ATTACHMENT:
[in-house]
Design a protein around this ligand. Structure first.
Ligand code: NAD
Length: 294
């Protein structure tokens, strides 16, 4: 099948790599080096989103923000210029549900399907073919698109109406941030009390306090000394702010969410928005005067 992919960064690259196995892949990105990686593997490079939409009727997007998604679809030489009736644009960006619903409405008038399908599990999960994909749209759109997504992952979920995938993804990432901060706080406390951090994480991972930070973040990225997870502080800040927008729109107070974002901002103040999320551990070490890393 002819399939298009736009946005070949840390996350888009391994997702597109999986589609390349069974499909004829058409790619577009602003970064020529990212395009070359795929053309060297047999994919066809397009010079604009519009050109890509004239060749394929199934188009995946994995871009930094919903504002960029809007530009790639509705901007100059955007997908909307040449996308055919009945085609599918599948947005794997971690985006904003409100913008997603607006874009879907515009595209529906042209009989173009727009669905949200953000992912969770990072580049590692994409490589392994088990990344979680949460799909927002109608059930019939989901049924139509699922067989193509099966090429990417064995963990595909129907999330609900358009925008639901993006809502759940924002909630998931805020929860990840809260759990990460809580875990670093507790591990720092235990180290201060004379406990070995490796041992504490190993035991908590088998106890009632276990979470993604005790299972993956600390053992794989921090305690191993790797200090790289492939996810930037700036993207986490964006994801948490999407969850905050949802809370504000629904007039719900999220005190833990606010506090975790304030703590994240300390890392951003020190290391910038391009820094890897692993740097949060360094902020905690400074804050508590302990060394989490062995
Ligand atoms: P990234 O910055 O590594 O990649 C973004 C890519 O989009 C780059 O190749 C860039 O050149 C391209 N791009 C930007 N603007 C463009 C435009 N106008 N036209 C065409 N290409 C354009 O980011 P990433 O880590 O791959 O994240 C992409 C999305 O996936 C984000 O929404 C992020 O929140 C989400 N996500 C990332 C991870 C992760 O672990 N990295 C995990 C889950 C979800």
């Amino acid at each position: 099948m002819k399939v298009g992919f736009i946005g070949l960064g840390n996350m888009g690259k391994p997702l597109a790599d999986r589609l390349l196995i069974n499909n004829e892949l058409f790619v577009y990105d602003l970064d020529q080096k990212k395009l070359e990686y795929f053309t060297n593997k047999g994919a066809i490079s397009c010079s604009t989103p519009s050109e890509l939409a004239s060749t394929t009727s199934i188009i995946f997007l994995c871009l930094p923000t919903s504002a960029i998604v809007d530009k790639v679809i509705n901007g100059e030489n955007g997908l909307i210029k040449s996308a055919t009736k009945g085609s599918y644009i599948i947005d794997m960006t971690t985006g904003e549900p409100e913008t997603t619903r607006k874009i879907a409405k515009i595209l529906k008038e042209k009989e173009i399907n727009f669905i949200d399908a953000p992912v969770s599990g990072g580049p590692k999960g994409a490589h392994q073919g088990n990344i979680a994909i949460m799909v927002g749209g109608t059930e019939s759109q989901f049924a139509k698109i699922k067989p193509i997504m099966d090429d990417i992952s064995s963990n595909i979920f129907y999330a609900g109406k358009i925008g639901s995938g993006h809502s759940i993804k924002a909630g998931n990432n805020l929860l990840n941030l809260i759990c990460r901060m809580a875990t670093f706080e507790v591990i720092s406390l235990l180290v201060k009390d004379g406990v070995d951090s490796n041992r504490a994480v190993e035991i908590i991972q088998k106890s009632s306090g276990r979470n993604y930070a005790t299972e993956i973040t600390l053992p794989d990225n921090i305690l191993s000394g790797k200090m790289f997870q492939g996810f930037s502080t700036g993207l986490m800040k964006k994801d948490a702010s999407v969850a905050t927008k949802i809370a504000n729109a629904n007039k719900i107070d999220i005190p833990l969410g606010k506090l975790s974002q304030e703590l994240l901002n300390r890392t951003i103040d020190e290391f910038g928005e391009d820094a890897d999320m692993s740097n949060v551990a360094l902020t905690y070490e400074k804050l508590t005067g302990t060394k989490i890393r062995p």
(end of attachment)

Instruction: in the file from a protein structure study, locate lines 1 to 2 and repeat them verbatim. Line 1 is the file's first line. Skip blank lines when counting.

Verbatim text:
[in-house]
Design a protein around this ligand. Structure first.